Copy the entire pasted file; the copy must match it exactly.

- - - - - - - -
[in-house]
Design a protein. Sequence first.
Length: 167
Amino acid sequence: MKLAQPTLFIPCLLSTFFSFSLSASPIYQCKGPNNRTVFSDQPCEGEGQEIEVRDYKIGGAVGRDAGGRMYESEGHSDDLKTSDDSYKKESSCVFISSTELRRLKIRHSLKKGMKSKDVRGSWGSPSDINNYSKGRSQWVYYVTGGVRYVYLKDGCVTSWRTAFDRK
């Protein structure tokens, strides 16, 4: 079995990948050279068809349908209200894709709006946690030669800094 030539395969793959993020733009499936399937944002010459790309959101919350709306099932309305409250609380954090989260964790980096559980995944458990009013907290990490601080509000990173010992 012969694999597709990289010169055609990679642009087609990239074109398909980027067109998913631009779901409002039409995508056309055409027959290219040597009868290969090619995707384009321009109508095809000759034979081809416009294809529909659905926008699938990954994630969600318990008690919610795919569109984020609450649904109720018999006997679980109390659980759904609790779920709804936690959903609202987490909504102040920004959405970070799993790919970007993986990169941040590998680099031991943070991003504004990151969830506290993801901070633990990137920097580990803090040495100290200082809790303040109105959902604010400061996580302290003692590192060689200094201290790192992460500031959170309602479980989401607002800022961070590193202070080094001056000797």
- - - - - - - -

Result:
[in-house]
Design a protein. Sequence first.
Length: 167
Amino acid sequence: MKLAQPTLFIPCLLSTFFSFSLSASPIYQCKGPNNRTVFSDQPCEGEGQEIEVRDYKIGGAVGRDAGGRMYESEGHSDDLKTSDDSYKKESSCVFISSTELRRLKIRHSLKKGMKSKDVRGSWGSPSDINNYSKGRSQWVYYVTGGVRYVYLKDGCVTSWRTAFDRK
């Protein structure tokens, strides 16, 4: 079995990948050279068809349908209200894709709006946690030669800094 030539395969793959993020733009499936399937944002010459790309959101919350709306099932309305409250609380954090989260964790980096559980995944458990009013907290990490601080509000990173010992 012969694999597709990289010169055609990679642009087609990239074109398909980027067109998913631009779901409002039409995508056309055409027959290219040597009868290969090619995707384009321009109508095809000759034979081809416009294809529909659905926008699938990954994630969600318990008690919610795919569109984020609450649904109720018999006997679980109390659980759904609790779920709804936690959903609202987490909504102040920004959405970070799993790919970007993986990169941040590998680099031991943070991003504004990151969830506290993801901070633990990137920097580990803090040495100290200082809790303040109105959902604010400061996580302290003692590192060689200094201290790192992460500031959170309602479980989401607002800022961070590193202070080094001056000797």